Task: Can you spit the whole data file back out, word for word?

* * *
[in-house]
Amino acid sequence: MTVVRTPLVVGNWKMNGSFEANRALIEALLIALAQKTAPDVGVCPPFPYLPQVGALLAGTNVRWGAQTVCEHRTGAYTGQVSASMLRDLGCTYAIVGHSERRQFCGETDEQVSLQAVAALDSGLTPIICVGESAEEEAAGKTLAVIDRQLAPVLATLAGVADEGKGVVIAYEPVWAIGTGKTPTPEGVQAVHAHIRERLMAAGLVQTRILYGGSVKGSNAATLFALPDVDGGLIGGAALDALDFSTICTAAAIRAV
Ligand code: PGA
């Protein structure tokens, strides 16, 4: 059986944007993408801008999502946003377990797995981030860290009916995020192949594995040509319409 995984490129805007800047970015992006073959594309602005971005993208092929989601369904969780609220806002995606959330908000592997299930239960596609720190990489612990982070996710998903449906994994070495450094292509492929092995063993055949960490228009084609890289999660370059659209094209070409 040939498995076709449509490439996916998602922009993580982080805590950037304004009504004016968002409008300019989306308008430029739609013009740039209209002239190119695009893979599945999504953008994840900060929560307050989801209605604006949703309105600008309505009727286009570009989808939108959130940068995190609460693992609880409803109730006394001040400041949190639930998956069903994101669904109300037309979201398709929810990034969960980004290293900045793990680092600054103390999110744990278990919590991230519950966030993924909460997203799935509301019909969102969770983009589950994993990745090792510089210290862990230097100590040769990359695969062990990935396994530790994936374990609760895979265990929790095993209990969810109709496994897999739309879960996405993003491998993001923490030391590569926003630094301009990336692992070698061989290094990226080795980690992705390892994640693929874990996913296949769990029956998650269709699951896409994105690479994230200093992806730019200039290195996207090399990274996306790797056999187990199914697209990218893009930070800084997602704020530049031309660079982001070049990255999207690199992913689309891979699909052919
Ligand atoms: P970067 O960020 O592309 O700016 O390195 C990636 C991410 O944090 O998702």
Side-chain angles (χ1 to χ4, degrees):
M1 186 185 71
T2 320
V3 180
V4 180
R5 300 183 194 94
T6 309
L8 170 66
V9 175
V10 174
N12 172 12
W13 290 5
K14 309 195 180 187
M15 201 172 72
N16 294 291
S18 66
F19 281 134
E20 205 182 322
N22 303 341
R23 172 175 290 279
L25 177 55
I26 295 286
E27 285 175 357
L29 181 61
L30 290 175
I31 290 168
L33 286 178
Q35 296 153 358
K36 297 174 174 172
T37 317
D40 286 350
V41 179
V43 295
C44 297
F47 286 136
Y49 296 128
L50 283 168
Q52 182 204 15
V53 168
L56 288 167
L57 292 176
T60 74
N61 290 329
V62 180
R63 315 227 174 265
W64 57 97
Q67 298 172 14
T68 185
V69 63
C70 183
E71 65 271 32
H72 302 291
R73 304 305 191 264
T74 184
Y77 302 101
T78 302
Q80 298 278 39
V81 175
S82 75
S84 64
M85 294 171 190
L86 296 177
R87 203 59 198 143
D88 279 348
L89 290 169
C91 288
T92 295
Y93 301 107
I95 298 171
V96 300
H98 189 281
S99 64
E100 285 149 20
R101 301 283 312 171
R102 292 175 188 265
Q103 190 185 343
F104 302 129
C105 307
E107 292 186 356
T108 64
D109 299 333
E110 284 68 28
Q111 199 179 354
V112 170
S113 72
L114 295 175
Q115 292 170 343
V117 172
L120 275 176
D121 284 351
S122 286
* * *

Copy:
[in-house]
Amino acid sequence: MTVVRTPLVVGNWKMNGSFEANRALIEALLIALAQKTAPDVGVCPPFPYLPQVGALLAGTNVRWGAQTVCEHRTGAYTGQVSASMLRDLGCTYAIVGHSERRQFCGETDEQVSLQAVAALDSGLTPIICVGESAEEEAAGKTLAVIDRQLAPVLATLAGVADEGKGVVIAYEPVWAIGTGKTPTPEGVQAVHAHIRERLMAAGLVQTRILYGGSVKGSNAATLFALPDVDGGLIGGAALDALDFSTICTAAAIRAV
Ligand code: PGA
């Protein structure tokens, strides 16, 4: 059986944007993408801008999502946003377990797995981030860290009916995020192949594995040509319409 995984490129805007800047970015992006073959594309602005971005993208092929989601369904969780609220806002995606959330908000592997299930239960596609720190990489612990982070996710998903449906994994070495450094292509492929092995063993055949960490228009084609890289999660370059659209094209070409 040939498995076709449509490439996916998602922009993580982080805590950037304004009504004016968002409008300019989306308008430029739609013009740039209209002239190119695009893979599945999504953008994840900060929560307050989801209605604006949703309105600008309505009727286009570009989808939108959130940068995190609460693992609880409803109730006394001040400041949190639930998956069903994101669904109300037309979201398709929810990034969960980004290293900045793990680092600054103390999110744990278990919590991230519950966030993924909460997203799935509301019909969102969770983009589950994993990745090792510089210290862990230097100590040769990359695969062990990935396994530790994936374990609760895979265990929790095993209990969810109709496994897999739309879960996405993003491998993001923490030391590569926003630094301009990336692992070698061989290094990226080795980690992705390892994640693929874990996913296949769990029956998650269709699951896409994105690479994230200093992806730019200039290195996207090399990274996306790797056999187990199914697209990218893009930070800084997602704020530049031309660079982001070049990255999207690199992913689309891979699909052919
Ligand atoms: P970067 O960020 O592309 O700016 O390195 C990636 C991410 O944090 O998702």
Side-chain angles (χ1 to χ4, degrees):
M1 186 185 71
T2 320
V3 180
V4 180
R5 300 183 194 94
T6 309
L8 170 66
V9 175
V10 174
N12 172 12
W13 290 5
K14 309 195 180 187
M15 201 172 72
N16 294 291
S18 66
F19 281 134
E20 205 182 322
N22 303 341
R23 172 175 290 279
L25 177 55
I26 295 286
E27 285 175 357
L29 181 61
L30 290 175
I31 290 168
L33 286 178
Q35 296 153 358
K36 297 174 174 172
T37 317
D40 286 350
V41 179
V43 295
C44 297
F47 286 136
Y49 296 128
L50 283 168
Q52 182 204 15
V53 168
L56 288 167
L57 292 176
T60 74
N61 290 329
V62 180
R63 315 227 174 265
W64 57 97
Q67 298 172 14
T68 185
V69 63
C70 183
E71 65 271 32
H72 302 291
R73 304 305 191 264
T74 184
Y77 302 101
T78 302
Q80 298 278 39
V81 175
S82 75
S84 64
M85 294 171 190
L86 296 177
R87 203 59 198 143
D88 279 348
L89 290 169
C91 288
T92 295
Y93 301 107
I95 298 171
V96 300
H98 189 281
S99 64
E100 285 149 20
R101 301 283 312 171
R102 292 175 188 265
Q103 190 185 343
F104 302 129
C105 307
E107 292 186 356
T108 64
D109 299 333
E110 284 68 28
Q111 199 179 354
V112 170
S113 72
L114 295 175
Q115 292 170 343
V117 172
L120 275 176
D121 284 351
S122 286